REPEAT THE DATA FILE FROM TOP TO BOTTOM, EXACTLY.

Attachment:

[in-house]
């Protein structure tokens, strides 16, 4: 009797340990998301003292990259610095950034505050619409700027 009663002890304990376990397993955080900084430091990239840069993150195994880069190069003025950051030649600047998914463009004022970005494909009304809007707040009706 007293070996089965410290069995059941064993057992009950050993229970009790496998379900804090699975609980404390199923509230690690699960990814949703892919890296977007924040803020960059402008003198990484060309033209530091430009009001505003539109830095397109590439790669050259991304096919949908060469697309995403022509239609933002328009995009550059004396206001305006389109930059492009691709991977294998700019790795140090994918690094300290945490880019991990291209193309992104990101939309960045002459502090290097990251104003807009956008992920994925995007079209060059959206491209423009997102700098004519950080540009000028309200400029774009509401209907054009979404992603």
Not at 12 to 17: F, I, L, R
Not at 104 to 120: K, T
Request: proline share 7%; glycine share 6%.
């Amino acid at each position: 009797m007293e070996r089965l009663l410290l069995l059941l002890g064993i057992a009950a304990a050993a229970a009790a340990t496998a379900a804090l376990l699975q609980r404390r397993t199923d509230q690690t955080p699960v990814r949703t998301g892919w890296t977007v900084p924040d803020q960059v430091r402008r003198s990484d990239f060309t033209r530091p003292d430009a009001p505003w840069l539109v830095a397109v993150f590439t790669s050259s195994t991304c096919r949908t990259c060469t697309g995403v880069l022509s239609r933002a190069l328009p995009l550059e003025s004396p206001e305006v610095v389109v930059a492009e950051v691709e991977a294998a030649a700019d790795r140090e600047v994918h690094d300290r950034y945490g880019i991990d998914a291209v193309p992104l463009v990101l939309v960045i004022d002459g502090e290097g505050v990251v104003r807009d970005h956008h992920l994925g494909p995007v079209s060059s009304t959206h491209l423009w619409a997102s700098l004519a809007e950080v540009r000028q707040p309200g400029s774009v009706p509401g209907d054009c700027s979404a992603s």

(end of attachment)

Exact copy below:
[in-house]
């Protein structure tokens, strides 16, 4: 009797340990998301003292990259610095950034505050619409700027 009663002890304990376990397993955080900084430091990239840069993150195994880069190069003025950051030649600047998914463009004022970005494909009304809007707040009706 007293070996089965410290069995059941064993057992009950050993229970009790496998379900804090699975609980404390199923509230690690699960990814949703892919890296977007924040803020960059402008003198990484060309033209530091430009009001505003539109830095397109590439790669050259991304096919949908060469697309995403022509239609933002328009995009550059004396206001305006389109930059492009691709991977294998700019790795140090994918690094300290945490880019991990291209193309992104990101939309960045002459502090290097990251104003807009956008992920994925995007079209060059959206491209423009997102700098004519950080540009000028309200400029774009509401209907054009979404992603």
Not at 12 to 17: F, I, L, R
Not at 104 to 120: K, T
Request: proline share 7%; glycine share 6%.
């Amino acid at each position: 009797m007293e070996r089965l009663l410290l069995l059941l002890g064993i057992a009950a304990a050993a229970a009790a340990t496998a379900a804090l376990l699975q609980r404390r397993t199923d509230q690690t955080p699960v990814r949703t998301g892919w890296t977007v900084p924040d803020q960059v430091r402008r003198s990484d990239f060309t033209r530091p003292d430009a009001p505003w840069l539109v830095a397109v993150f590439t790669s050259s195994t991304c096919r949908t990259c060469t697309g995403v880069l022509s239609r933002a190069l328009p995009l550059e003025s004396p206001e305006v610095v389109v930059a492009e950051v691709e991977a294998a030649a700019d790795r140090e600047v994918h690094d300290r950034y945490g880019i991990d998914a291209v193309p992104l463009v990101l939309v960045i004022d002459g502090e290097g505050v990251v104003r807009d970005h956008h992920l994925g494909p995007v079209s060059s009304t959206h491209l423009w619409a997102s700098l004519a809007e950080v540009r000028q707040p309200g400029s774009v009706p509401g209907d054009c700027s979404a992603s």